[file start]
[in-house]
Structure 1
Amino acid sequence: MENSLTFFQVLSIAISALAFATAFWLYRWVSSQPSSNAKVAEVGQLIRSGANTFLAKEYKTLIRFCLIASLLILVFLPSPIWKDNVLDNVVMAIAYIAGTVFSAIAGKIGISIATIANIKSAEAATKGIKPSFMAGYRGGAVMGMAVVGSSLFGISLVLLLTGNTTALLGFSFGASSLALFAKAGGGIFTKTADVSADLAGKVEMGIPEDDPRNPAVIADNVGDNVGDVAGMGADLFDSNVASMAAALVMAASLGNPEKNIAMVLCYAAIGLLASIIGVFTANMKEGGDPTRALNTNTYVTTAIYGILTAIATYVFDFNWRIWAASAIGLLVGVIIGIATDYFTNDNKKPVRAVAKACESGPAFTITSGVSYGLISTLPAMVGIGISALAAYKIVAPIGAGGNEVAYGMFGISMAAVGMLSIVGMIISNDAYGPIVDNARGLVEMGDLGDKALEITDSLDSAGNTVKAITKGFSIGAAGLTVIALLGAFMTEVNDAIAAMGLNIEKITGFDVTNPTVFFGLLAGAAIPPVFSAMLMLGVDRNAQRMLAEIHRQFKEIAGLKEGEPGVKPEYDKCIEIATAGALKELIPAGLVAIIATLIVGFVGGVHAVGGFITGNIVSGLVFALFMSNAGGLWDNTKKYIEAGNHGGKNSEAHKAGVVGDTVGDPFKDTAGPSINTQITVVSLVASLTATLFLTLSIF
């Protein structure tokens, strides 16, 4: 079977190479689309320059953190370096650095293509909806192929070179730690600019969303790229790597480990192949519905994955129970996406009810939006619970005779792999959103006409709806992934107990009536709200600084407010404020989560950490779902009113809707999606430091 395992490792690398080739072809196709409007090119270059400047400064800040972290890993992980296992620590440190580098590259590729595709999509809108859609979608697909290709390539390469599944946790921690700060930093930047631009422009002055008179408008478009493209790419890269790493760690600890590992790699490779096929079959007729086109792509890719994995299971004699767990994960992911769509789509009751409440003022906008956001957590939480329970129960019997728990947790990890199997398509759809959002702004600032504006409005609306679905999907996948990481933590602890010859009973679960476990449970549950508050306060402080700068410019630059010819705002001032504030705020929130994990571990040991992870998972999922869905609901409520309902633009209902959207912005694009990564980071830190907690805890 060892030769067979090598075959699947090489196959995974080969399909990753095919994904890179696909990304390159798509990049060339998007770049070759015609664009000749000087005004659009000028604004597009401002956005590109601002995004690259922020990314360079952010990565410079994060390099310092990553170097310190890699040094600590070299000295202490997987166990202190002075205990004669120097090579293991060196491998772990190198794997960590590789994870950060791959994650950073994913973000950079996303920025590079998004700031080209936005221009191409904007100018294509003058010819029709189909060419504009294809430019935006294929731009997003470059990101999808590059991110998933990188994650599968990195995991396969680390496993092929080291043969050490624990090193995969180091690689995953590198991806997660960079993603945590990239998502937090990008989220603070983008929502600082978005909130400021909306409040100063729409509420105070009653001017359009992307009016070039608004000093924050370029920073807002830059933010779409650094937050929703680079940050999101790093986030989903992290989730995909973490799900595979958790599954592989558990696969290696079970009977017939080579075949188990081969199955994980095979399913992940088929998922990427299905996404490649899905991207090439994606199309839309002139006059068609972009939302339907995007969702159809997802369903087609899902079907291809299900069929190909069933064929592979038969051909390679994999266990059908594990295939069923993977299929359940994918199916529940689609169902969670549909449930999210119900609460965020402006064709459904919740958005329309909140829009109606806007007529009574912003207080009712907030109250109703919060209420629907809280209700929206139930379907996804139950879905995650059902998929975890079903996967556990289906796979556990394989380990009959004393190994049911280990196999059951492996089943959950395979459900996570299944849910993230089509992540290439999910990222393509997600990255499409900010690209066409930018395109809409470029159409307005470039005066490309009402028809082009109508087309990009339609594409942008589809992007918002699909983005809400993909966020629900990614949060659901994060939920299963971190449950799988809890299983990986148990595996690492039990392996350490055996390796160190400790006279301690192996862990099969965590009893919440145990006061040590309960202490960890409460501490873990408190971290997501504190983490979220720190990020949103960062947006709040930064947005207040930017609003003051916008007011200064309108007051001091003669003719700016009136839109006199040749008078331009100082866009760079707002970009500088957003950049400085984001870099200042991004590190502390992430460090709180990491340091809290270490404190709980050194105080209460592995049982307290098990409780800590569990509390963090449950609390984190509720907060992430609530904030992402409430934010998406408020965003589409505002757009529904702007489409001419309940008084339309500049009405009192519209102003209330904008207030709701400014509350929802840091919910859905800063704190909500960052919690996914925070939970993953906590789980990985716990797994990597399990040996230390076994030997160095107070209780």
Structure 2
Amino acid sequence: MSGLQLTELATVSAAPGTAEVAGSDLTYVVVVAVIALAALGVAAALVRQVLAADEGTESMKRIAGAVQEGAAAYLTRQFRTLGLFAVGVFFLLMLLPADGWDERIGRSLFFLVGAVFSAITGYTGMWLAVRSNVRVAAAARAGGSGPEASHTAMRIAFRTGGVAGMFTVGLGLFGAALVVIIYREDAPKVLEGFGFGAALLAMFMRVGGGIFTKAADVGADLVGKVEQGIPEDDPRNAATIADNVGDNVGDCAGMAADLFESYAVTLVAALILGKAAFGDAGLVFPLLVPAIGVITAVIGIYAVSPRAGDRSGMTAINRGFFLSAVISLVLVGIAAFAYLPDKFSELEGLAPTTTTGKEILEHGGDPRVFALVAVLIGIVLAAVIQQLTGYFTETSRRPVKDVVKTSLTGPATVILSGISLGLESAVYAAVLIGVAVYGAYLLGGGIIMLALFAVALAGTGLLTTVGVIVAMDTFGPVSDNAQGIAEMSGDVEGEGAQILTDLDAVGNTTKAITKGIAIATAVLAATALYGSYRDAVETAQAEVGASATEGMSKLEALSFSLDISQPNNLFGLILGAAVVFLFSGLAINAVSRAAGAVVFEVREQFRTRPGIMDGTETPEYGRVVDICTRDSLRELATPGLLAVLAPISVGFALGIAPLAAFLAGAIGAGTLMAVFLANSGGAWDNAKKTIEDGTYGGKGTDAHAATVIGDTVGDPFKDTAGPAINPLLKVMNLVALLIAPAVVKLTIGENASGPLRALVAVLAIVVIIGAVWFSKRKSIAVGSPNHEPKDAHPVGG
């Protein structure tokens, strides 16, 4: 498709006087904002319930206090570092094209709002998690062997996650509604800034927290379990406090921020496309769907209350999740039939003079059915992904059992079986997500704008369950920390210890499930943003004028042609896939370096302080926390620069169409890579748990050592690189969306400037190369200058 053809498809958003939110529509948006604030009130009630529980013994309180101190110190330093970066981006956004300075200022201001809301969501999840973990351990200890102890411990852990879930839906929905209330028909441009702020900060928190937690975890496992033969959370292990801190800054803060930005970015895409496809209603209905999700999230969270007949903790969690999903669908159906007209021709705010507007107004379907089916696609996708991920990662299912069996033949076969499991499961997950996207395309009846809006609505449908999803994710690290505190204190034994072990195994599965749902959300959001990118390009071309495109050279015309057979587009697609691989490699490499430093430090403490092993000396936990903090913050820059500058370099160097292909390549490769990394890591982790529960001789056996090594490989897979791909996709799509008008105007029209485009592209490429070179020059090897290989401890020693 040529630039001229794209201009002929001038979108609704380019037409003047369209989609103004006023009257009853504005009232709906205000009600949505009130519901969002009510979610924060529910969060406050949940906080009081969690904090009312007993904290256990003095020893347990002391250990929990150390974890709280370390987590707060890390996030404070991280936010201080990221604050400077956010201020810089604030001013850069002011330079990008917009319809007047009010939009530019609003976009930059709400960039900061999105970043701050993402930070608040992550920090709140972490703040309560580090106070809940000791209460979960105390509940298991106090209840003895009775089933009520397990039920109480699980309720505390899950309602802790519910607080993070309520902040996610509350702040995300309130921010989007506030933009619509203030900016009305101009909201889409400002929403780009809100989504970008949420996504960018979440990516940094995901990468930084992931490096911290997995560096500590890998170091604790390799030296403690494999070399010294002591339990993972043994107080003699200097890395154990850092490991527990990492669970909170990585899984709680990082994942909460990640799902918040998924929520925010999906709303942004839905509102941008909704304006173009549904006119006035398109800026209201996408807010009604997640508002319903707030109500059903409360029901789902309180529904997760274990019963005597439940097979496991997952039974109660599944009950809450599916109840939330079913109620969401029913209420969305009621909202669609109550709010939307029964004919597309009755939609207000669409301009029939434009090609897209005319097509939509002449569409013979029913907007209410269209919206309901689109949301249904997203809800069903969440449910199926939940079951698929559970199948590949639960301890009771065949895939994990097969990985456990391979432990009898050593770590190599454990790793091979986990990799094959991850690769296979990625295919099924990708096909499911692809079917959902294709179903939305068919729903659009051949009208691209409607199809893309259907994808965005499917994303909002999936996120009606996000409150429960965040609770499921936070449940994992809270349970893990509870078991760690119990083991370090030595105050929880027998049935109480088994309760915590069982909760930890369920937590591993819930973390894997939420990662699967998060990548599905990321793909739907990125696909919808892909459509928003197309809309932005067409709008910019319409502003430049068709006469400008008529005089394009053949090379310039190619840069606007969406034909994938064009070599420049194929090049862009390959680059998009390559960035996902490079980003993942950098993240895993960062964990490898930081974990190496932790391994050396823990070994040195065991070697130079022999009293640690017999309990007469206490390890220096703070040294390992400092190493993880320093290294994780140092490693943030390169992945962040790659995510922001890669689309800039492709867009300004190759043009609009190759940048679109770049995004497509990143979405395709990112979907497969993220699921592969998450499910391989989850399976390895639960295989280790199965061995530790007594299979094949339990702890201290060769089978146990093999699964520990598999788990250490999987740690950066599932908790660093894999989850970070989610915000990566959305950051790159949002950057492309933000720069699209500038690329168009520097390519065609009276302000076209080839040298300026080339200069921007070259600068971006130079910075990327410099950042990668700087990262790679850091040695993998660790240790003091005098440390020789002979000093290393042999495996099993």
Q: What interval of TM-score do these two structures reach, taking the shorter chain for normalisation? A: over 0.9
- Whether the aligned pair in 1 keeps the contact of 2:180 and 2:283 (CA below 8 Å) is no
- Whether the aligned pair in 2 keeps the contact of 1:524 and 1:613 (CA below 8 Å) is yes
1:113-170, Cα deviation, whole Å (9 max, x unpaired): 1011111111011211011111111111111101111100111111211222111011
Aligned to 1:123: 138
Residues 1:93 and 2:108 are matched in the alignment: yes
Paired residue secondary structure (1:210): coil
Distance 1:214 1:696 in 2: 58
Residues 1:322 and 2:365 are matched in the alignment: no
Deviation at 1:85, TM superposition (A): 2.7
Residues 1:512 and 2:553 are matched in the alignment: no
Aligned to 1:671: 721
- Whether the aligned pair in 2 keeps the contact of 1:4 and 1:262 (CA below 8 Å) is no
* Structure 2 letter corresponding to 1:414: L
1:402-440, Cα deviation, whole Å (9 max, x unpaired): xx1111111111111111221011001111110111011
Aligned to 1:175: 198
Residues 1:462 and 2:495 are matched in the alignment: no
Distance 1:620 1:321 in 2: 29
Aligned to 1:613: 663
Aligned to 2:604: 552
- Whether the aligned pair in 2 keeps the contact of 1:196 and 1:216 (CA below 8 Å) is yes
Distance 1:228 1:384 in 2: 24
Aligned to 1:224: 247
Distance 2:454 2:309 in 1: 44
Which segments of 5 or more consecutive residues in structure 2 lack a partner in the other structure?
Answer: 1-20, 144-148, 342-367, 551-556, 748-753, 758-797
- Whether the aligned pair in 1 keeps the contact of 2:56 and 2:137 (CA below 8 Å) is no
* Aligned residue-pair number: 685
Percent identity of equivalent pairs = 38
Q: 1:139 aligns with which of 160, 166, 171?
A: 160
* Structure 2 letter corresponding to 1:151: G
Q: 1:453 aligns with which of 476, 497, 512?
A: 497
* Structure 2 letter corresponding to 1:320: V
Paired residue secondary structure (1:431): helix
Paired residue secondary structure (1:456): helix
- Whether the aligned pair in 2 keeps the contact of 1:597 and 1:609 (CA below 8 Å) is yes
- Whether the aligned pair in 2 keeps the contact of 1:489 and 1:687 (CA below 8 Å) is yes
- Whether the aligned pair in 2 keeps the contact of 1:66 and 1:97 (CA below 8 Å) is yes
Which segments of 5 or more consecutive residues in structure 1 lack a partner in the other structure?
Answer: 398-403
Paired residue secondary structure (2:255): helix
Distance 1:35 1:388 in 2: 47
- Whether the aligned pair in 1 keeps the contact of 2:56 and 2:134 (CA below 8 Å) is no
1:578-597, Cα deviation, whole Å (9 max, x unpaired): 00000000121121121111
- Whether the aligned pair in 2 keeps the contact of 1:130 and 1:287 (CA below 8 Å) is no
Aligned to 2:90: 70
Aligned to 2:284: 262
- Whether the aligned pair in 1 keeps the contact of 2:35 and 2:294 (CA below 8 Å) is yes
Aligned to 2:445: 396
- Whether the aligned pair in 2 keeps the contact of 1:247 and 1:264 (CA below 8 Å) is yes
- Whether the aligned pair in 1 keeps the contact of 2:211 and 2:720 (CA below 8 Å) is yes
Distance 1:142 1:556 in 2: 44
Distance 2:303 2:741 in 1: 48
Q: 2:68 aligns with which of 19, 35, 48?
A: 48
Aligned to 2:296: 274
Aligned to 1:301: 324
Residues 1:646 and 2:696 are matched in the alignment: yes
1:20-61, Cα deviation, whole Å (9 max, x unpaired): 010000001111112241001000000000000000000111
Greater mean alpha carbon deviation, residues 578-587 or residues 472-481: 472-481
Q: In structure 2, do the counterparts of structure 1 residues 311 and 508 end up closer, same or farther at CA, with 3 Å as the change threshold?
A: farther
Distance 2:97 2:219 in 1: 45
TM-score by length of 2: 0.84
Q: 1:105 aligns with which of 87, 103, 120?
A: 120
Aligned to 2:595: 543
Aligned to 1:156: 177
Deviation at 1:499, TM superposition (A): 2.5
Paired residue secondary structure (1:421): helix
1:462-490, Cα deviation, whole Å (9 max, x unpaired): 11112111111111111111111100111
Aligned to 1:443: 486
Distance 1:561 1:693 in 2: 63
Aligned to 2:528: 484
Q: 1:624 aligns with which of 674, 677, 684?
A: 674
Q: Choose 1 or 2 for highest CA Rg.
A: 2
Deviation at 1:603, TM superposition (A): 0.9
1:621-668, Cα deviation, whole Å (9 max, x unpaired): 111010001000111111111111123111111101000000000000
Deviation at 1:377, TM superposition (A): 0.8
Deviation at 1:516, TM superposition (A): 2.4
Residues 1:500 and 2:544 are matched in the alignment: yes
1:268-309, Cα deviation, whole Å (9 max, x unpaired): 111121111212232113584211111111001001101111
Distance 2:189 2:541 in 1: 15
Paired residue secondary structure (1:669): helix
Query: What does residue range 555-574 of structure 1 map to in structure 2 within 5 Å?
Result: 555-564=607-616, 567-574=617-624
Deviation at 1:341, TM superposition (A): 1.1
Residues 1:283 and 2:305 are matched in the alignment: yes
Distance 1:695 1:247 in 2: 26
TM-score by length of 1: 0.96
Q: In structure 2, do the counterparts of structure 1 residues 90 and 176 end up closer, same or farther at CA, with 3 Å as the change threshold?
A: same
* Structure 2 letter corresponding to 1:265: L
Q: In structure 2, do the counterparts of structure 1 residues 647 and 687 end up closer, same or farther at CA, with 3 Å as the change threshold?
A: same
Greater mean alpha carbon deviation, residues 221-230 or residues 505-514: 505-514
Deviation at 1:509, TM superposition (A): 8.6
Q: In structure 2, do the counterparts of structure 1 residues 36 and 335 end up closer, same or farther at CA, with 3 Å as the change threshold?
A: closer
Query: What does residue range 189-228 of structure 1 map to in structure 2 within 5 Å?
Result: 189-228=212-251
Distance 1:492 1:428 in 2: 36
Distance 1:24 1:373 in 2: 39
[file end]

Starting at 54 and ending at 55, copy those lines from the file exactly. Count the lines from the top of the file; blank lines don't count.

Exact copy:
- Whether the aligned pair in 2 keeps the contact of 1:130 and 1:287 (CA below 8 Å) is no
Aligned to 2:90: 70